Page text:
Before this year is out, Rafah will cease to exist.
The city of Rafah, which has been a part of Egypt since the pharaonic period, is to be removed from the map; its residents relocated to the imaginatively named, yet-to-be-built city of New Rafah.
Rafah is located in the Sinai Peninsula in Egypt’s northeast, straddling the border with the Gaza Strip. It is home to thousands of families, all of whom will be forcibly relocated under plans to create a “buffer zone” on the border.
With little warning, police notified residents that they would clear the area, and said they would forcibly seize the property of those who refused to comply.
Though journalists are forbidden in Egypt’s troubled easternmost governorate, images trickled out of families bearing bundles of clothes and belongings looking on powerless as army bulldozers destroyed their homes.
But soon the Egyptian government decided that these methods were too, how shall we say, respectful of human rights.
The entire border city of Rafah is to be levelled to the ground, Egyptian authorities have announced. “The establishment of a buffer zone requires the complete removal of the city. In fact, it will be completely destroyed,” said Abdel Fattah Harhour, governor of North Sinai, to which Rafah is administratively affiliated.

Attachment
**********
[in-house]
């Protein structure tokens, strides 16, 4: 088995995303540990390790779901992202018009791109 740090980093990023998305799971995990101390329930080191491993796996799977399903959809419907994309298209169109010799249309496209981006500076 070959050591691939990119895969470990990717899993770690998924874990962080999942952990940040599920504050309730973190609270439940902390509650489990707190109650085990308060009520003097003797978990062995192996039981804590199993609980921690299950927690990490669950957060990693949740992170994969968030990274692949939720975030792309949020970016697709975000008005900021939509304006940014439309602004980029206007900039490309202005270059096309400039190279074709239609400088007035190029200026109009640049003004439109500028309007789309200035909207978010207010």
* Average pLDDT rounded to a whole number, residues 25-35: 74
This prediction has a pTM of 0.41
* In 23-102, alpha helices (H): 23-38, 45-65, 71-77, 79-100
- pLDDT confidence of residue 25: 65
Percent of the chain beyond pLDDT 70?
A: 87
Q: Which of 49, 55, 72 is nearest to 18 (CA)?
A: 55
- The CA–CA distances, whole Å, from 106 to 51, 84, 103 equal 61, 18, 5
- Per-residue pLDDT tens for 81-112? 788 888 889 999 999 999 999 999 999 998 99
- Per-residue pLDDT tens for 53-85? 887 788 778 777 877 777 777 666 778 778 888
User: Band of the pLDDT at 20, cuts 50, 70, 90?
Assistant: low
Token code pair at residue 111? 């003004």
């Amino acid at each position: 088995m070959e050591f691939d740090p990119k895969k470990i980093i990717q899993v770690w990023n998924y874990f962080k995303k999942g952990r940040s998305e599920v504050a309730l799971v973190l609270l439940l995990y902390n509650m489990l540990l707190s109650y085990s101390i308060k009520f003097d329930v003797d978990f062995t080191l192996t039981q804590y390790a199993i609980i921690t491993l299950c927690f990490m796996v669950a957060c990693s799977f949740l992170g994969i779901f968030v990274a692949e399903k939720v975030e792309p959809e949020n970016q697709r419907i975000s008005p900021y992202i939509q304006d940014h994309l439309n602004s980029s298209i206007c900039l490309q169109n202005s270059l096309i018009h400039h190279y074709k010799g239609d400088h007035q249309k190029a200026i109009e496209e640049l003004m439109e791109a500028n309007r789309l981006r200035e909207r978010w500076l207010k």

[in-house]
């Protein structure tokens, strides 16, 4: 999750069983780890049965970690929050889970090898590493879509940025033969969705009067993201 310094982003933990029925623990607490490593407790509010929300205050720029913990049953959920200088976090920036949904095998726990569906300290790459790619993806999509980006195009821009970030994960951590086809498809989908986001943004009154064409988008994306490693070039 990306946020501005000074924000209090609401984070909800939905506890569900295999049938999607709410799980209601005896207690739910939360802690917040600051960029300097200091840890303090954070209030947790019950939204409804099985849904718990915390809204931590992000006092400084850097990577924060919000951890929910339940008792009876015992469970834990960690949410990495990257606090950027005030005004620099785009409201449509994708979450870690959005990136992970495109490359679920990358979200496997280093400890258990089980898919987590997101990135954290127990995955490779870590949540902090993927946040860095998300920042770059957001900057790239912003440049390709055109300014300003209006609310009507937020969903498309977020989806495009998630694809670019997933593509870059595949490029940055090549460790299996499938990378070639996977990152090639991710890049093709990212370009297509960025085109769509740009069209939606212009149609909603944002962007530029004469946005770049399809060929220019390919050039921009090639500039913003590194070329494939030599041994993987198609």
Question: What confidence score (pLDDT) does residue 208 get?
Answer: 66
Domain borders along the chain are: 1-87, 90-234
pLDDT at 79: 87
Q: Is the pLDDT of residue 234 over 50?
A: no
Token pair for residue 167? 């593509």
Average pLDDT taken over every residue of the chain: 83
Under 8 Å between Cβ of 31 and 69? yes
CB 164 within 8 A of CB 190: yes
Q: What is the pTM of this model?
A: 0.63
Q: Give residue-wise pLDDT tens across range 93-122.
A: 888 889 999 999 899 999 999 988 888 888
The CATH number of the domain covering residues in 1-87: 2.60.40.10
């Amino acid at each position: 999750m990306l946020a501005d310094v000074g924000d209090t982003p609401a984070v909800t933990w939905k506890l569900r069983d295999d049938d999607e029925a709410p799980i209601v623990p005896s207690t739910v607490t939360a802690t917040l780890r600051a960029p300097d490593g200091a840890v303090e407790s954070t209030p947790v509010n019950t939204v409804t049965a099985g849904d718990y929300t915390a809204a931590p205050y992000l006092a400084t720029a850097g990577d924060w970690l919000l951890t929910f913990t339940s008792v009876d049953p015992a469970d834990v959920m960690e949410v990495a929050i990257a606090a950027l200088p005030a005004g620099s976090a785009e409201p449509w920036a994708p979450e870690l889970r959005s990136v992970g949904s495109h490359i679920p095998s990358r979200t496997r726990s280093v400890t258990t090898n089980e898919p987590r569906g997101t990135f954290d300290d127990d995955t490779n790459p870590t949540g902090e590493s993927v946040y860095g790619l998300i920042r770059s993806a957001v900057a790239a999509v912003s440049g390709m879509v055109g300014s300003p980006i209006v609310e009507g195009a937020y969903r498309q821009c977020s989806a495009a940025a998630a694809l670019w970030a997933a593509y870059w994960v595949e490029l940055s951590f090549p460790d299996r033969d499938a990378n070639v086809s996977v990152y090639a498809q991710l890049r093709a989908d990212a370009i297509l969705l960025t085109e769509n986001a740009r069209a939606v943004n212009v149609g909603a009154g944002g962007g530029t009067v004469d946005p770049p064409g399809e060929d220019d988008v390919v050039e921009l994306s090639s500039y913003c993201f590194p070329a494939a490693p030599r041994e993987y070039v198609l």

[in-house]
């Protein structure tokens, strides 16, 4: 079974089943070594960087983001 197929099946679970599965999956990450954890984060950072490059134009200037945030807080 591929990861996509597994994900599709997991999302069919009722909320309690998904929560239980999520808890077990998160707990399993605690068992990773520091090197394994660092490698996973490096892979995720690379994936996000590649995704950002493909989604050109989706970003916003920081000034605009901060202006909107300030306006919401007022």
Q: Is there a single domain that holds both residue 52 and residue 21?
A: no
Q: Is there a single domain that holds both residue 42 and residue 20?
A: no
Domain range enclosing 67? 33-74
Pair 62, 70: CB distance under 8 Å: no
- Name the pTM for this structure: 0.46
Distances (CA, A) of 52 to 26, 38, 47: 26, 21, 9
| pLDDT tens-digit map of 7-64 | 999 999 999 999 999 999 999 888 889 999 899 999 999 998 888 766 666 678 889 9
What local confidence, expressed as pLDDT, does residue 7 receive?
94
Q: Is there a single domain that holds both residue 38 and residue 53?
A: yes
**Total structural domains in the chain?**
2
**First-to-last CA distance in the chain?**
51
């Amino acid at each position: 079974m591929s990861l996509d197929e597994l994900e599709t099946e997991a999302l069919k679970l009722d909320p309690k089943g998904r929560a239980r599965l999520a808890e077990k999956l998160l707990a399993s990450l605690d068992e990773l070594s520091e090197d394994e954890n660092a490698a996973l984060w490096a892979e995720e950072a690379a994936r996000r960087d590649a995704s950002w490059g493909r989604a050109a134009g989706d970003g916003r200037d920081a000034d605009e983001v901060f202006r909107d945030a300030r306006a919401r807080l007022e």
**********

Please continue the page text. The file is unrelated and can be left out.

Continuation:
Soon, Rafah will be gone. What won’t be gone is all the intractable political problems of the region that is causing its destruction. 4:19 PM PT: On a tangent, I think its worthwhile to recall what sort of military dictatorship Egypt currently has in power.
The Rabaa massacre of Aug. 14, 2013, was Egypt’s Tiananmen Square. Egyptian security forces killed at least 817 people on a single day at Rabaa al-Adawiya Square alone, and more than 1,000 when including the number of casualties across Egypt. It was the biggest mass killing of civilians in modern Egyptian history. The butchery did not take place under the cover of darkness, or in a remote corner of the country, but in broad daylight in Cairo…
The killing was done by Egypt’s Central Security Forces and Special Forces in close coordination with the Egyptian Armed Forces, with few if any reported defections or refusals to open fire. Security forces began firing on civilians around 6:30 a.m., and over the course of 12 hours they continued emptying rounds of live ammunition into crowds of men, women and children who they had entrapped, despite repeated promises of a “safe exit.” This was not a brief killing spree that ended as suddenly as it began, or the panicked response of threatened conscripts in the fog of battle. One year later, not a single official has been held accountable.